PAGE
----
What a hilarious, adorable story! I can't count how many times I laughed out loud. I’ve been hearing great things about this book for months now, and I waited half that time just to get a copy from my library. It was worth the wait.

This is a light and fun story about a girl named Anna who is uprooted from Georgia and sent to a school in Paris for her senior year. She leaves behind her best friend and her almost-boyfriend, broods about what her life could have been, and discovers a whole lot more.

I'm not a huge romance fan, but the plot of this book is basically all romance and I still loved it. The romance is light and fun, and keeps away from the whole love-at-first-nanosecond thing. Which I appreciated, especially since the setting is Paris, the city of love. Perkins deftly keeps the story moving at a good pace, with fantastic characters and typical teen situations. Yet she can keep an adult reader interested, too. I couldn't put it down.

What are you waiting for? Go pick up a copy!

Monday, June 13, 2011

Controversy in YA

Recently, Megan Cox Gurdon published a piece in the Wall Street Journal on whether today’s YA books dealt with issues that are too dark for public consumption. She says they are, and the result was a resounding response in the twitterverse with a hashtag of #YAsaves, supporting the YA industry. There have been several other responses online as well. Here, here, here, and I’m sure there’s more that I just haven’t seen yet.

Warning: this post is long. I tend to break up posts that get this long, but it kind of felt like dragging out the subject too long to do this. And there were too many things I wanted to address, so it's all in one hugely long post. Apologies in advance...

Gurdon's article was inspired by a mom book-shopping for her 13-year-old daughter. She picked up book after book about vampires, self-mutilation, and other dark stuff. In the article's comments section, she said this:
I want to add that a B&N employee noticed me leafing through 78 books, and offered to help. (Because she had not in fact read any of the books for sale, she kind of kept me company more than helped, but it was still something.) She told me I was far from the first to complain.

To me, this isn’t a failing of the YA industry. It’s a failing of the bookstore. If an employee is helping a customer pick out a book from a section she knows nothing about, that’s kind of like the blind leading the blind. It’s also disheartening that the mom gave up so easily. If she’d gone to a children’s librarian, she’d have heard about so many appropriate books for a 13-year-old girl. Books by Ally Carter, Heather Dixon, Allen Zadoff, Lisa Bergren, Jennifer Donnelly, Sarah Dessen, Stephanie Perkins, Kiersten White, Catherine Murdock, Alex Flinn, Sarah MacLean, Saundra Mitchell, E. Lockhart, Maureen Johnson, Simone Elkeles, John Green, Kay Cassidy, Michelle Rowan, Heather Brewer. I could go on and on, but I’ll stop there. I hope this girl’s mom kept searching and eventually found something from the plethora of great books available for a 13-year-old girl.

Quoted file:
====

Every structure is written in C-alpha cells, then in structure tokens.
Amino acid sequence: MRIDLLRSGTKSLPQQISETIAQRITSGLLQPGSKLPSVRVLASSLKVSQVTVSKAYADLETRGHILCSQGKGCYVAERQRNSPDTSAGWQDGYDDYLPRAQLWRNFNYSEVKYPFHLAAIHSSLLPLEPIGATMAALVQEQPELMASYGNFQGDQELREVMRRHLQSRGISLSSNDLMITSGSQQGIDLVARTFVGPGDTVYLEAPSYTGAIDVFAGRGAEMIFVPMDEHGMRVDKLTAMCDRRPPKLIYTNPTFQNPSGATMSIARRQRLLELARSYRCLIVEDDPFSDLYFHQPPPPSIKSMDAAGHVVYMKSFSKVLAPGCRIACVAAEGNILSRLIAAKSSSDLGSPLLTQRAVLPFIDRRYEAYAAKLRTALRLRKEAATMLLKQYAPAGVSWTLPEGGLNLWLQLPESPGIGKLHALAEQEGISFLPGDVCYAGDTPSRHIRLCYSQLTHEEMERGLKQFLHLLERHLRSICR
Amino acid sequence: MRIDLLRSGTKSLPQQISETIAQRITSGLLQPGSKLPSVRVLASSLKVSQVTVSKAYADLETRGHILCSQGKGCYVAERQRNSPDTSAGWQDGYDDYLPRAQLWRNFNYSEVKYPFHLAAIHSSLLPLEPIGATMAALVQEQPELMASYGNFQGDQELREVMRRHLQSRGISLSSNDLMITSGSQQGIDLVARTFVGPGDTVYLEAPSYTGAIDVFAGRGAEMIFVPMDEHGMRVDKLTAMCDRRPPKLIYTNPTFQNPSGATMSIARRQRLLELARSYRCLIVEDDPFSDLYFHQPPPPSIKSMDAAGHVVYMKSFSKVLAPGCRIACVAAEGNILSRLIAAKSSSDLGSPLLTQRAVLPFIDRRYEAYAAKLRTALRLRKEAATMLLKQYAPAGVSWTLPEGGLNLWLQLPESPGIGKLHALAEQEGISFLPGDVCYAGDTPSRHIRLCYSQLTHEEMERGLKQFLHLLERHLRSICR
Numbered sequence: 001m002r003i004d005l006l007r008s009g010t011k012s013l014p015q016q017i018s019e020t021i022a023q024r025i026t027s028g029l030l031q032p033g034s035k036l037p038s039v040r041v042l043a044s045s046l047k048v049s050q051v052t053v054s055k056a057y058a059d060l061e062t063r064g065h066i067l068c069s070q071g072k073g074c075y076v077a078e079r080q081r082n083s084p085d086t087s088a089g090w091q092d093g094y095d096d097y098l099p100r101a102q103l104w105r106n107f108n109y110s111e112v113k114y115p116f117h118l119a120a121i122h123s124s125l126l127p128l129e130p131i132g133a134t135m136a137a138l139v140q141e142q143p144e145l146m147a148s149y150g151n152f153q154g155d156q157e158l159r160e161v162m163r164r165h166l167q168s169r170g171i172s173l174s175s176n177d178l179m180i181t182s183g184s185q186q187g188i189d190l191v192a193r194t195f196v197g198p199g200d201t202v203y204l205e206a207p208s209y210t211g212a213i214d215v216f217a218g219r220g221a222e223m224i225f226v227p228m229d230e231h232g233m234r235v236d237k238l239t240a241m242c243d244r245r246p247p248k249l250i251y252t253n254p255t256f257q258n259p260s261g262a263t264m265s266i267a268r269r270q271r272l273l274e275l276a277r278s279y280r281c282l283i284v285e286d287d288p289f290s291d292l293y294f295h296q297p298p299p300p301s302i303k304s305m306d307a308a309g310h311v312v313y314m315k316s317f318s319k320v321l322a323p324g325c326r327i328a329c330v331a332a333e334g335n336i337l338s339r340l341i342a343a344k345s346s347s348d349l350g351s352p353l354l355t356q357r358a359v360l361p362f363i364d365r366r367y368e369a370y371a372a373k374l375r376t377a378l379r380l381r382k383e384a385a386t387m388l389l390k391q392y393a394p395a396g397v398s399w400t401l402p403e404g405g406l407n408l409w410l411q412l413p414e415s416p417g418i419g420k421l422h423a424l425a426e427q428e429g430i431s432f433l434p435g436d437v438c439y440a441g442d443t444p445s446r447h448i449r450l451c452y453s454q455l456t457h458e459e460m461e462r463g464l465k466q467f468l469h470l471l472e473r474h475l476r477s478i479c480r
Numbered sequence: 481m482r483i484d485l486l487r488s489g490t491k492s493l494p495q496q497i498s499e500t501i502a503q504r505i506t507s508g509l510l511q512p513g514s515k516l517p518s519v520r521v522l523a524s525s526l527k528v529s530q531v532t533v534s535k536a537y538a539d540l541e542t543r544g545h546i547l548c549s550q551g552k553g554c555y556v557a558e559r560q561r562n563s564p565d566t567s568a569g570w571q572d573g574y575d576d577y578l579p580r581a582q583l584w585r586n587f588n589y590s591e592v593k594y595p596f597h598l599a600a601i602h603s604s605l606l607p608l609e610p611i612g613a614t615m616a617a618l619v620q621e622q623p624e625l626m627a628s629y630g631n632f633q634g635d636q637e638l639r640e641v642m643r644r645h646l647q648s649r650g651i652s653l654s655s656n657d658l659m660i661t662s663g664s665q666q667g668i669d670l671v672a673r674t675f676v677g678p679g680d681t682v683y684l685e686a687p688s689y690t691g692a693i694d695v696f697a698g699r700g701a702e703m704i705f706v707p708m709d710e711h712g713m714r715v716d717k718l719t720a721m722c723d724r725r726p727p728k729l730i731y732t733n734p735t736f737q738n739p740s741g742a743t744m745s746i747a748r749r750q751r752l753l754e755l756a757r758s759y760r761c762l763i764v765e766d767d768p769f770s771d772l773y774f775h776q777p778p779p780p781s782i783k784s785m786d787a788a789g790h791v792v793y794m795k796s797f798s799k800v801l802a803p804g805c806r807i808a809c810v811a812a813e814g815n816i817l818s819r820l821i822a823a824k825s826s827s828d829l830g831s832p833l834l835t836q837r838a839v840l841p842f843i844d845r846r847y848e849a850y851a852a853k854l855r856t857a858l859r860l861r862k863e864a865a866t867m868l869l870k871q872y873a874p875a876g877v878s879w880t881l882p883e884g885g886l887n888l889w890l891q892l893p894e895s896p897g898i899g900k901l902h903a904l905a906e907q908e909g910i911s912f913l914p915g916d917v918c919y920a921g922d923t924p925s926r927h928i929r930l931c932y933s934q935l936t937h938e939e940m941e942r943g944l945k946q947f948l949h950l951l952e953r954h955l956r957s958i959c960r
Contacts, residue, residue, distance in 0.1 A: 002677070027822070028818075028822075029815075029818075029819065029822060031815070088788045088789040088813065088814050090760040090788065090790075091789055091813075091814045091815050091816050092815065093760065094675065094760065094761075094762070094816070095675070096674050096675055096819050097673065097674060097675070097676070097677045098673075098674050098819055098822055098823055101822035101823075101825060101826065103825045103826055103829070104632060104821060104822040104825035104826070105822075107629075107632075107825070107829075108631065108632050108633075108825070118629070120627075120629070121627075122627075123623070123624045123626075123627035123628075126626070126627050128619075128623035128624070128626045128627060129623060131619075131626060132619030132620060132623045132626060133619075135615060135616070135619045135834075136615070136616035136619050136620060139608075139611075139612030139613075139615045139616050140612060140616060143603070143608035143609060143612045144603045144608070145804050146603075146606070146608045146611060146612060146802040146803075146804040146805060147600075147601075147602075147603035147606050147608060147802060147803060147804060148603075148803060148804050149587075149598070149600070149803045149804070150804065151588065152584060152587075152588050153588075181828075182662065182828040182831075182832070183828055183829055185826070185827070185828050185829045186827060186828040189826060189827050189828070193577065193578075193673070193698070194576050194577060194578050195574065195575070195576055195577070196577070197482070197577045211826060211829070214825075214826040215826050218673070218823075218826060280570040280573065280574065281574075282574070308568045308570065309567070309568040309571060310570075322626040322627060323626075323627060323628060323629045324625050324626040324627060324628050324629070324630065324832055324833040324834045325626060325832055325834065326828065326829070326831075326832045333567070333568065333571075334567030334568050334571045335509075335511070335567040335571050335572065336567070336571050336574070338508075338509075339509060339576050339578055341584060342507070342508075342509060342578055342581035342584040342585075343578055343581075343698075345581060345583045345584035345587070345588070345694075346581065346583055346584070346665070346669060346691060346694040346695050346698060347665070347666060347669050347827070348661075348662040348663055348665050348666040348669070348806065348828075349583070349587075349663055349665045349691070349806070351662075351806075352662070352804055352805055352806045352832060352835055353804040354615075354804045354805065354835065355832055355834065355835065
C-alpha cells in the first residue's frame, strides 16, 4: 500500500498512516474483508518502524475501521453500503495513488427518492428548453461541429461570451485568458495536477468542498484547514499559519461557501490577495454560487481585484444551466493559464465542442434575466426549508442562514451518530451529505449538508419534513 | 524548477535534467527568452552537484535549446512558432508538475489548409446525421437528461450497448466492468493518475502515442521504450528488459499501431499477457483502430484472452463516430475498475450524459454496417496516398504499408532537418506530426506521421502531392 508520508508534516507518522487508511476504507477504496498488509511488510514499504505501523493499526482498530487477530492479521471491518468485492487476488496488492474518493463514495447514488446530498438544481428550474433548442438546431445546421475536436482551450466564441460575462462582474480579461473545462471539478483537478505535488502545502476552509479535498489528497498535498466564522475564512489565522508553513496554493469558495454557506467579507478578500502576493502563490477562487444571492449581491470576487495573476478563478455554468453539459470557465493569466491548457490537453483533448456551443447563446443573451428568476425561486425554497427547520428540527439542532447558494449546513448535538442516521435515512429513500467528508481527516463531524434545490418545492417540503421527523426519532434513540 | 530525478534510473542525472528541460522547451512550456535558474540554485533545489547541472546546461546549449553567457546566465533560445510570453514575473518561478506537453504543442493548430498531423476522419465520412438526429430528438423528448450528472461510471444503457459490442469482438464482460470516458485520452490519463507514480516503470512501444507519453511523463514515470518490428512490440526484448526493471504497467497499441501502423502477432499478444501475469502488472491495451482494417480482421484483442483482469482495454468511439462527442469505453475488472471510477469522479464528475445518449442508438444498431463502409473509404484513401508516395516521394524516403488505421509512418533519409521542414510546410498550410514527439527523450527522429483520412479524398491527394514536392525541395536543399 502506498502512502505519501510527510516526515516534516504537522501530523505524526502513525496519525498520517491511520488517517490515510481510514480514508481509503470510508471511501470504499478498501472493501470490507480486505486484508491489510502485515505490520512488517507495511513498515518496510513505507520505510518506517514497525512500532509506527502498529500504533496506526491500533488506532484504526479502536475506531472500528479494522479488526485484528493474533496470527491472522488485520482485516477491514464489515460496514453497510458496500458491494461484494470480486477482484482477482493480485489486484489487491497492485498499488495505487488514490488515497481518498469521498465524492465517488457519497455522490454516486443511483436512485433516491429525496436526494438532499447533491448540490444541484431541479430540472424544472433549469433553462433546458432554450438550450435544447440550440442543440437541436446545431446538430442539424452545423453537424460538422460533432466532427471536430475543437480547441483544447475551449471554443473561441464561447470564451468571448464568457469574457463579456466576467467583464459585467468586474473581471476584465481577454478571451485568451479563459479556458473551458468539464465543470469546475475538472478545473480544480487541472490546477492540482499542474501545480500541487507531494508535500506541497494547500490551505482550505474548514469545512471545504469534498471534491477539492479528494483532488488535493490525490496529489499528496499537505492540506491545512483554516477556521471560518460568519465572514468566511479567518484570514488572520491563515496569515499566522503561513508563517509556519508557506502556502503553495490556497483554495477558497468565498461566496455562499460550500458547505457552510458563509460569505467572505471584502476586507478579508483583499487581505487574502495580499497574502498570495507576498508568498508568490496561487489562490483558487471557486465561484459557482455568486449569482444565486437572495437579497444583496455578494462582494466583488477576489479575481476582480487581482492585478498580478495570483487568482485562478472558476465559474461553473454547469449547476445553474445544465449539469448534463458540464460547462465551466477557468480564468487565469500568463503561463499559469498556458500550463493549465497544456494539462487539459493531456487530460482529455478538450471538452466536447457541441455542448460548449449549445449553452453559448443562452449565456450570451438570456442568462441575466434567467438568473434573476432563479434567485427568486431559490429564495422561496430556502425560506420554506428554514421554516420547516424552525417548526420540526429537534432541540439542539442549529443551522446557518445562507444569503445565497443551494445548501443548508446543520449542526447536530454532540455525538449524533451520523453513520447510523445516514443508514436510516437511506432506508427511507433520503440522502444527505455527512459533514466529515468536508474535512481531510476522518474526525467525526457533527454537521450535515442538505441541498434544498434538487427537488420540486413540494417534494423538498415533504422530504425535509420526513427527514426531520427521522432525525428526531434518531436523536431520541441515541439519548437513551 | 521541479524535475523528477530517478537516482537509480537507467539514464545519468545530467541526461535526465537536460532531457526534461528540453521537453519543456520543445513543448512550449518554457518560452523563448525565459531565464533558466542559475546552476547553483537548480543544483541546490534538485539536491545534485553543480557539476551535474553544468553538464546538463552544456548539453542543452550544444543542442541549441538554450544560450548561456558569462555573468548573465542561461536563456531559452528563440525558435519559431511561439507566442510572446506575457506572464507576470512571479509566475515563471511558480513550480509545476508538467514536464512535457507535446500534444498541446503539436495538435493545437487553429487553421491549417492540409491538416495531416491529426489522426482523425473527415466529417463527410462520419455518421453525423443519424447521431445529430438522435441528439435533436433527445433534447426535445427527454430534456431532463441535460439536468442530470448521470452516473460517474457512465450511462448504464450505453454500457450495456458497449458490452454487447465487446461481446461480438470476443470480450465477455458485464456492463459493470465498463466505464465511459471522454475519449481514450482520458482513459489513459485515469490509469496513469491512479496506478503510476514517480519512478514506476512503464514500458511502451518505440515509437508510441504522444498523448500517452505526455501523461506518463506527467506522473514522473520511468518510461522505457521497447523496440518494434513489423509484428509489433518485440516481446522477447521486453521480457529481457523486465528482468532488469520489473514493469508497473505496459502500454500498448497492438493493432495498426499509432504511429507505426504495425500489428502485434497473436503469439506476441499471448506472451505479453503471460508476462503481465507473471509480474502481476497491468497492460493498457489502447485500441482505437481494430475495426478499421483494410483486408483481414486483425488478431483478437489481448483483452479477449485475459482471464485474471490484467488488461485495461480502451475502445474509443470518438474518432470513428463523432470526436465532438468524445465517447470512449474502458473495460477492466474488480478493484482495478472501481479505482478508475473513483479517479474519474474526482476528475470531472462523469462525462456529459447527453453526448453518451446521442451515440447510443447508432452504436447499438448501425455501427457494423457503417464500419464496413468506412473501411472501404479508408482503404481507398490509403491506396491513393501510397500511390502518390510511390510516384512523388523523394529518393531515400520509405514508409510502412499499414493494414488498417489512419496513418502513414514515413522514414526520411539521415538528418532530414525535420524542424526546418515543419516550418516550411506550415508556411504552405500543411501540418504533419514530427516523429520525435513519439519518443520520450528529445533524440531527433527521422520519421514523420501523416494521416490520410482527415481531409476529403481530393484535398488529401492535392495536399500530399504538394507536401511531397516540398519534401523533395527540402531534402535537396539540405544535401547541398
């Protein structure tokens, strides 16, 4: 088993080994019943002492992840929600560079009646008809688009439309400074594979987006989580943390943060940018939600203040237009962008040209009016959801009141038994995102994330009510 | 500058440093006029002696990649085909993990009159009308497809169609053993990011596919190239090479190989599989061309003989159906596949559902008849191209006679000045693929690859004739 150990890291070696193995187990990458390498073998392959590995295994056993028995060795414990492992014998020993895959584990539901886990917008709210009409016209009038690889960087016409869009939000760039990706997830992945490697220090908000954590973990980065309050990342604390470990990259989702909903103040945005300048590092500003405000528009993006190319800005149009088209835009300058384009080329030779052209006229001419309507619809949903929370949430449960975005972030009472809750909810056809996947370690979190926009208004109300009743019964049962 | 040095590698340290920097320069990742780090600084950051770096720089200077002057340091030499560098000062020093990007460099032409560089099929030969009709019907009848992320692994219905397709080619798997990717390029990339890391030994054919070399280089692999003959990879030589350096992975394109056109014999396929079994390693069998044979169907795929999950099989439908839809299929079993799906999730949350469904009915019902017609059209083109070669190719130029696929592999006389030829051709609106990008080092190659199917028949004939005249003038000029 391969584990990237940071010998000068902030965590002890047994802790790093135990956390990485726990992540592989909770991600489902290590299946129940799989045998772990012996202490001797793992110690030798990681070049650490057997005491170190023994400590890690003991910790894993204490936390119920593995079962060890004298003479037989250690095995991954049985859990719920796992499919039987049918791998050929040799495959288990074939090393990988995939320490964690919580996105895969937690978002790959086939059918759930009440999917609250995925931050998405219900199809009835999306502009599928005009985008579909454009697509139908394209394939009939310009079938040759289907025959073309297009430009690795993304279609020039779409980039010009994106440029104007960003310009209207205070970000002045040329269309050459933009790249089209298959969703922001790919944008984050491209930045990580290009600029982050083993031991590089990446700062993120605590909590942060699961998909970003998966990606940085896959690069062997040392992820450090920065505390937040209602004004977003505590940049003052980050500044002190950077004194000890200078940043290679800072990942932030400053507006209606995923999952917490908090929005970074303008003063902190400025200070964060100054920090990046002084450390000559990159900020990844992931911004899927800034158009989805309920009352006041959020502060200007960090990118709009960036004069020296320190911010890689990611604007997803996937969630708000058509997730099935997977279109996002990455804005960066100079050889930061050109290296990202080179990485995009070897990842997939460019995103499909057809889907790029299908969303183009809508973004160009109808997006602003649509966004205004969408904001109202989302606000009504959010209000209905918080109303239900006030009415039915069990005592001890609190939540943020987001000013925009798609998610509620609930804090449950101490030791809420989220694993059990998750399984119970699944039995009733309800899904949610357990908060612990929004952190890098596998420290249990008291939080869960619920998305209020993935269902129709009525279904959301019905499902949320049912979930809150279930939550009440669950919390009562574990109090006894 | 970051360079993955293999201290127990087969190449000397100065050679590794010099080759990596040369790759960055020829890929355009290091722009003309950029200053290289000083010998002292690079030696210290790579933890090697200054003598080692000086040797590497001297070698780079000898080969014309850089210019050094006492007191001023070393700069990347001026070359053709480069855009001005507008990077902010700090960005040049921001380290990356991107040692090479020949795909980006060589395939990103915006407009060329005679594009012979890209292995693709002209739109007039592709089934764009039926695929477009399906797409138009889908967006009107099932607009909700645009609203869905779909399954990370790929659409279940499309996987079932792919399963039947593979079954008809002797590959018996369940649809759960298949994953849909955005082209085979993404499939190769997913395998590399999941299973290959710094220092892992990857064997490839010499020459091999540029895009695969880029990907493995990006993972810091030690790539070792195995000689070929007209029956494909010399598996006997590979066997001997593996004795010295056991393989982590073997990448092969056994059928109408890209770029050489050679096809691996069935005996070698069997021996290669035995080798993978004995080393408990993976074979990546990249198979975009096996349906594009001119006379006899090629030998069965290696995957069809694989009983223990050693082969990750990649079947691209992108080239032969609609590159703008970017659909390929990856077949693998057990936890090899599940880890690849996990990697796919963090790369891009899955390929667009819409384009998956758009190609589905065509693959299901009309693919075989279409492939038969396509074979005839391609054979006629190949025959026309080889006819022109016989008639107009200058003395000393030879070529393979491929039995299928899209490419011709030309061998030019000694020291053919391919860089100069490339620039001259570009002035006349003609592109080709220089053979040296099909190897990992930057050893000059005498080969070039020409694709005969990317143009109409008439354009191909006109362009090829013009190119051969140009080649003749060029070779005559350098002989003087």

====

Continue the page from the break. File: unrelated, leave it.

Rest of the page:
Regarding the article itself? She made some serious accusations. If you’re going to go there the way she did, that’s fine. I think it’s great when people step up and say the tough things that no one wants to say. However, they need to be solid. Unfortunately, Gurdon contradicts herself multiple times, so, to me, her accusations don’t carry much weight.

First, she says this:
If books show us the world, teen fiction can be like a hall of fun-house mirrors, constantly reflecting back hideously distorted portrayals of what life is.

In the very next sentence, she says this:
There are of course exceptions, but a careless young reader—or one who seeks out depravity—will find himself surrounded by images not of joy or beauty but of damage, brutality and losses of the most horrendous kinds.

A few paragraphs later, she says this:
Self-destructive adolescent behaviors are observably infectious and have periods of vogue. That is not to discount the real suffering that some young people endure; it is an argument for taking care.
(note: all emphasis is mine)

The last two statements contradict the first. YA books either show a gross distortion of real life or they don’t. It can’t be a gross distortion some of the time, and then be truth other times. It sounds like she’s saying that yes, some people have had it really bad, but we still shouldn't have books that reflect that kind of life because some kids might misunderstand. What does that mean? That we should only have books that reflect what most people experience? How is that fair to those living the horror? The ones who likely need these books the most?

Later on, she says this:
If young people are encountering ghastly things on the Internet, that's a failure of the adults around them.